When we work with sourcing companies and related OEM manufacturing arrangements, we almost never just draft a “straight NDA.” Instead, we draft a “non-disclosure/non-use/non-circumvention agreement” that we refer to as an NNN Agreement. When a foreign company contracts with a Chinese company to manufacture a product, the NNN focuses on the three primary “bad acts” that the foreign company needs to prevent:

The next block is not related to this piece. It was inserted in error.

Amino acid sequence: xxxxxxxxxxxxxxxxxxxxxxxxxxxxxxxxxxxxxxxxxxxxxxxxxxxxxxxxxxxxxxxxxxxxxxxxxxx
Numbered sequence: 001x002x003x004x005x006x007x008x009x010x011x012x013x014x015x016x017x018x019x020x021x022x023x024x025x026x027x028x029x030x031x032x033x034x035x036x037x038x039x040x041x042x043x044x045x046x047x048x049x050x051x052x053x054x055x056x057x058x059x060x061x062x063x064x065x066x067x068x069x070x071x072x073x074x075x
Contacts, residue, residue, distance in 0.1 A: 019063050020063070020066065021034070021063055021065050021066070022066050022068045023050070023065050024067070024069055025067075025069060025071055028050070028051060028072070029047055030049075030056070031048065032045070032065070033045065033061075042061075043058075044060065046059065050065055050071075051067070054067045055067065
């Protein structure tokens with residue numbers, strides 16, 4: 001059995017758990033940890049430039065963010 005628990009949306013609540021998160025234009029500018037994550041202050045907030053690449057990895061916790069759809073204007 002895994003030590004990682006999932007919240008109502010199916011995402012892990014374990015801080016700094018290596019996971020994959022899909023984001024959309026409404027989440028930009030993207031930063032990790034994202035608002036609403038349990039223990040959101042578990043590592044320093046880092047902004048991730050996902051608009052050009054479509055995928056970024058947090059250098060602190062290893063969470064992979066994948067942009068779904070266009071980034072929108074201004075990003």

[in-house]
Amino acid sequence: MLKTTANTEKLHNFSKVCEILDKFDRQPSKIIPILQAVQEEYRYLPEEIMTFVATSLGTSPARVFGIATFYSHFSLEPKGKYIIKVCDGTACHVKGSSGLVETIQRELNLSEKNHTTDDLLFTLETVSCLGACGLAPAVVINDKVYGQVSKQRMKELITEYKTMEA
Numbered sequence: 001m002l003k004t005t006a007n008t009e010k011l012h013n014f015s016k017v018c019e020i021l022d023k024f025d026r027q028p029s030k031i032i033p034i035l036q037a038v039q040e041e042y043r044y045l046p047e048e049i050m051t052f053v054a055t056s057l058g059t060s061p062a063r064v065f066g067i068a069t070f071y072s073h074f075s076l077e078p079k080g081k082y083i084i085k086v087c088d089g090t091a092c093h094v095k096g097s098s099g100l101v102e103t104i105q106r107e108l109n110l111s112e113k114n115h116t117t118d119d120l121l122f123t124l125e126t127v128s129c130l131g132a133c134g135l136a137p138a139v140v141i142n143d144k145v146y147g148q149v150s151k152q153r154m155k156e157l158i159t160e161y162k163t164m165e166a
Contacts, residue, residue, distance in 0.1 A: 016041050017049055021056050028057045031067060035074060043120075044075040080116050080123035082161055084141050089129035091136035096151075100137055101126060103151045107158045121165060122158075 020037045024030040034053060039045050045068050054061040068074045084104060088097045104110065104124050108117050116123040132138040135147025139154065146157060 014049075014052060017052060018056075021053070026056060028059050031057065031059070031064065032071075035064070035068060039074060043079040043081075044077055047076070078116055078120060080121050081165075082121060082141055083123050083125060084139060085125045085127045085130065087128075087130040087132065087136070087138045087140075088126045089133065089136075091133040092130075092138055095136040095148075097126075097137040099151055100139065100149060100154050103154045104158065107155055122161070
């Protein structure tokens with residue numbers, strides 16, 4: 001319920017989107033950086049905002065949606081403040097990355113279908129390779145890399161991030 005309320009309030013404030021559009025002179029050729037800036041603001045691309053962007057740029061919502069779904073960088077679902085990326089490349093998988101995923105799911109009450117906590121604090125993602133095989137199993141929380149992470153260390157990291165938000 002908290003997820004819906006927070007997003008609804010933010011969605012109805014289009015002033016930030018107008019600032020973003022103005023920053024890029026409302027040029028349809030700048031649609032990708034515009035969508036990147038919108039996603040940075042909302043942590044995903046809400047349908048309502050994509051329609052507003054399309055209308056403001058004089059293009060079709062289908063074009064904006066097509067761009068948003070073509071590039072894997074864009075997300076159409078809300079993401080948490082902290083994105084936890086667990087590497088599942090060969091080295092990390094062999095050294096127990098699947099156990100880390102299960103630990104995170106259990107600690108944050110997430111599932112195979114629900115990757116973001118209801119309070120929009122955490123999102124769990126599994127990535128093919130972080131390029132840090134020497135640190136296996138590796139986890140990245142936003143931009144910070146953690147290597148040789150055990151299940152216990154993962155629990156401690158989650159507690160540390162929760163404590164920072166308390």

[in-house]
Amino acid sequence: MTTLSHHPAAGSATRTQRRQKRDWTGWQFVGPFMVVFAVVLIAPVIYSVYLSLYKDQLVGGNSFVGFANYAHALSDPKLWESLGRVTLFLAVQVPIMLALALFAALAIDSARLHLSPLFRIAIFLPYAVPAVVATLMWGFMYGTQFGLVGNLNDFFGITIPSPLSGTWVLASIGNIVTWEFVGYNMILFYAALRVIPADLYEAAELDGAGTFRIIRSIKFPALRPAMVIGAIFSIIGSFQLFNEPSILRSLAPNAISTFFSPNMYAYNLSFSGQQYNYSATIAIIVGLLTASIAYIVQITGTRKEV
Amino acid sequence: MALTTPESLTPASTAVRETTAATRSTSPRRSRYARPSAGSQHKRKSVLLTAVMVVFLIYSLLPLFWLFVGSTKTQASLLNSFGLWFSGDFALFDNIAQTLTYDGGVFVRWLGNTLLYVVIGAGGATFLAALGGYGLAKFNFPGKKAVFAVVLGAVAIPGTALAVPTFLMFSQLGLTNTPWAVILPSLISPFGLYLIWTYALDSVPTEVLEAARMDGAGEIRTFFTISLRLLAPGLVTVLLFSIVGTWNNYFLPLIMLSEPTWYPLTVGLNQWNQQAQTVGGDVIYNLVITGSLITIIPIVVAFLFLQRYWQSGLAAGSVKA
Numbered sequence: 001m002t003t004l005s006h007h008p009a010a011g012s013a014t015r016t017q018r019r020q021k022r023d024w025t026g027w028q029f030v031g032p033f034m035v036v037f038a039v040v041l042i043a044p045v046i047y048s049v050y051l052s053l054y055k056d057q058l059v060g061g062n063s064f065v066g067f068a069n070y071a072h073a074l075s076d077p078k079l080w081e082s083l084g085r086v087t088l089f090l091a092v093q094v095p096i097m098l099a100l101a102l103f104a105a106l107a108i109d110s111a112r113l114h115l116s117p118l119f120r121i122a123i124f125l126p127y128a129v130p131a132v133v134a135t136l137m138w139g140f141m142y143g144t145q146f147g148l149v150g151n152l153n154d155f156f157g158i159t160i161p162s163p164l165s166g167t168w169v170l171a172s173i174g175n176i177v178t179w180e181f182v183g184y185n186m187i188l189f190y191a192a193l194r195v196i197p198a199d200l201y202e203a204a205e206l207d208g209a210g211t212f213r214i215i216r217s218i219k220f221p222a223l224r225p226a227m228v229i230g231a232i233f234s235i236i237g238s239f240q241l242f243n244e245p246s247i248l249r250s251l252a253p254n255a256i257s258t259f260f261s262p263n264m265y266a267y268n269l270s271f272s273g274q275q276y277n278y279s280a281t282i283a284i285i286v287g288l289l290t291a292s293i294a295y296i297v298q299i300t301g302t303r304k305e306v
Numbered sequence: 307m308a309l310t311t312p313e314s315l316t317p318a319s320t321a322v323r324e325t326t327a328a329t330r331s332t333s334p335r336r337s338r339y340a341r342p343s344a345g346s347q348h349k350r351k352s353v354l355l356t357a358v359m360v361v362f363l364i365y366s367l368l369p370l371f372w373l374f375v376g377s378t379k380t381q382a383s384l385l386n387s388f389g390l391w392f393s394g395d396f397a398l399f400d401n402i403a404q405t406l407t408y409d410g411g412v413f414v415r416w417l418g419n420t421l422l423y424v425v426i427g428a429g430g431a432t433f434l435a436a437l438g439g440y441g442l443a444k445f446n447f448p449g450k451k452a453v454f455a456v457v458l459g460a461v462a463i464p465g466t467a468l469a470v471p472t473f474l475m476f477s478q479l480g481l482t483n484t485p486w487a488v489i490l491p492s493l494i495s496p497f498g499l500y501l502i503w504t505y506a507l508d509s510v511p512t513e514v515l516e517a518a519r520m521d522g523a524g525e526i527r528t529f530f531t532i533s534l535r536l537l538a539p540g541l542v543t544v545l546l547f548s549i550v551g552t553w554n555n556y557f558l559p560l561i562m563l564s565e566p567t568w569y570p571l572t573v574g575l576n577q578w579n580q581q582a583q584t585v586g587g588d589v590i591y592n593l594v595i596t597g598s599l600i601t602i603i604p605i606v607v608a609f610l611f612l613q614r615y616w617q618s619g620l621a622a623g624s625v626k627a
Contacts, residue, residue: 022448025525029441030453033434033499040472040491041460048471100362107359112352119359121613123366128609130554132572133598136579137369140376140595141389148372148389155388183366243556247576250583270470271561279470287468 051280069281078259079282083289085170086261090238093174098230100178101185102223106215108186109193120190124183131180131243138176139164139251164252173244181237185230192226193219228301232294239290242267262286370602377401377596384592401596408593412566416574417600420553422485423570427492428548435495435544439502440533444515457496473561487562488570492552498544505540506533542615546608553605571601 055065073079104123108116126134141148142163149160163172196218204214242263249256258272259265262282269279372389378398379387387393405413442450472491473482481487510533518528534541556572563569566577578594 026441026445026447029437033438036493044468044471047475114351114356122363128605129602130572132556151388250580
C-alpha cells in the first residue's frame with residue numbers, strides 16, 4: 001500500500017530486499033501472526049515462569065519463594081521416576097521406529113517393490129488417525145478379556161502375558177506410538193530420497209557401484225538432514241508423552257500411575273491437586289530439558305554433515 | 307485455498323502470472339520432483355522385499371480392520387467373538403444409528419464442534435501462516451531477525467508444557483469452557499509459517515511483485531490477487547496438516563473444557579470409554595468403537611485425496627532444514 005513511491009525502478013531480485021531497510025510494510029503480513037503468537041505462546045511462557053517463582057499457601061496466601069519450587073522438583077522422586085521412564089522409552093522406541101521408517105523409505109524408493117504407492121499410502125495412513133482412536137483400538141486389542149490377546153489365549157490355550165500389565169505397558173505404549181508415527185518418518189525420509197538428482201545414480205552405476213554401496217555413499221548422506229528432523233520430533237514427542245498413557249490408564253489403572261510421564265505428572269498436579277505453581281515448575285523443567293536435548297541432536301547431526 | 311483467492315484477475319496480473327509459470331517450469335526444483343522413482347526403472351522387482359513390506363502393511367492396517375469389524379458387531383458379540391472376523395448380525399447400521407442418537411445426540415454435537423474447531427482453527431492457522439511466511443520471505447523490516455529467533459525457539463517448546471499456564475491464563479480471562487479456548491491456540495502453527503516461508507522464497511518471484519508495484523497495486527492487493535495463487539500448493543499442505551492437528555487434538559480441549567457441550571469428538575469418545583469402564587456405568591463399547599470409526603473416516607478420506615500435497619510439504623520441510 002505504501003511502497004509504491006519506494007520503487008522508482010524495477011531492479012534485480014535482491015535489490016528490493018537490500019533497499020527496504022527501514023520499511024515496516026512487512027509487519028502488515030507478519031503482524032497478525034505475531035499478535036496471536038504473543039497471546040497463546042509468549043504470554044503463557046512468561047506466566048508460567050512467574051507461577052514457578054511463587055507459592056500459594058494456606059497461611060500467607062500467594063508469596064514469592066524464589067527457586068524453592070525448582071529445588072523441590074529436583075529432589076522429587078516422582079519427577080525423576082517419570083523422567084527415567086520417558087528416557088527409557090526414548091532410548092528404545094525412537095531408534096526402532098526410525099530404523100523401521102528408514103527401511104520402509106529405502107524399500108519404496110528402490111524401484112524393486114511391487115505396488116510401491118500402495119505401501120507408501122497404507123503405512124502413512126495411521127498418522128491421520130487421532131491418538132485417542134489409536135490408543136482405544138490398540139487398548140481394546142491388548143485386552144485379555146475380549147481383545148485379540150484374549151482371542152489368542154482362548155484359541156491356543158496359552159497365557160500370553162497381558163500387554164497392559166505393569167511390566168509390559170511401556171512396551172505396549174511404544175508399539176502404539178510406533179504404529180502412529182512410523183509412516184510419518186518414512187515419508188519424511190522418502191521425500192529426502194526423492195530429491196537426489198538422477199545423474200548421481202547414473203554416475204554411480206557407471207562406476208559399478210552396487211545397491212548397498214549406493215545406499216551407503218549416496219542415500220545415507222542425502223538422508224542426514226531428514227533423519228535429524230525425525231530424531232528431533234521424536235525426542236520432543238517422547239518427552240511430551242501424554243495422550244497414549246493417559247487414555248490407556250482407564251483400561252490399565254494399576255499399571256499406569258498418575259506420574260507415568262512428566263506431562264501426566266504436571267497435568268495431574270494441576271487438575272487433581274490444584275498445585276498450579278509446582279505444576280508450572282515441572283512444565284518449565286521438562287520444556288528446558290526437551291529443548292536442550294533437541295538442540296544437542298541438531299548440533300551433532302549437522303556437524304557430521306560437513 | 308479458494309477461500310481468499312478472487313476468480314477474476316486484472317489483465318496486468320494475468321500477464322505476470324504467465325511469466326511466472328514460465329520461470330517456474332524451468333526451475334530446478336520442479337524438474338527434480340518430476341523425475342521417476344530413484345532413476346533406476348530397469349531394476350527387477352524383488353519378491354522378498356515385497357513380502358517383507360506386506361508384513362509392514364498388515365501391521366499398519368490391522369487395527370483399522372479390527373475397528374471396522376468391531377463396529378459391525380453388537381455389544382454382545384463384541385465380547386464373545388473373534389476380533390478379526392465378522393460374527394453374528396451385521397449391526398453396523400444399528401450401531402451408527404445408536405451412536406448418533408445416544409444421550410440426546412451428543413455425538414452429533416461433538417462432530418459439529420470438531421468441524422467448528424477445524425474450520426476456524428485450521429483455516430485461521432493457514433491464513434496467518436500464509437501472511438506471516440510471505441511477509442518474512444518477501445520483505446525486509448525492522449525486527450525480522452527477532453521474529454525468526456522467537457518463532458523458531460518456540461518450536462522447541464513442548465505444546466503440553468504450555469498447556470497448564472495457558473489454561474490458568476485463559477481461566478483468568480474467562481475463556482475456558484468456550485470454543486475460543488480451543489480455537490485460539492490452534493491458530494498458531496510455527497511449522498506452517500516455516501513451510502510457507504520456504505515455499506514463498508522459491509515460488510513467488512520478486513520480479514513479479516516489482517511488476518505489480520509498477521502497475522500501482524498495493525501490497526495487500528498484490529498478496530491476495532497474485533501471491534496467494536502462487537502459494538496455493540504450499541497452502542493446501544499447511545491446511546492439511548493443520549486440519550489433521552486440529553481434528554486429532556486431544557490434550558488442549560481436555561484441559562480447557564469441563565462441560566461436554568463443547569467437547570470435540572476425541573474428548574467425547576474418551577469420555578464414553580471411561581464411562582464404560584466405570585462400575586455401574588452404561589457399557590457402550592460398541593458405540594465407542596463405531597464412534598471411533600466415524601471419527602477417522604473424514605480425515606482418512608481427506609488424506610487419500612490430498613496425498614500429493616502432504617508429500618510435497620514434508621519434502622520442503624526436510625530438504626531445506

1. The foreign company does not want its design revealed to a third party. To prevent this, a non-disclosure agreement is required. Though this is an important issue in China, disclosure to an entirely unrelated third party is actually fairly uncommon. The bigger risk is disclosure to a related party. Many Chinese businesses have multiple subsidiaries and manufacturing is often done through a large network of subcontractors. Chinese companies are quite relaxed about passing around information within this network. A good non-disclosure agreement must focus on control of information within a network that the Chinese manufacturer itself may not consider as falling within the scope of a non-disclosure requirement.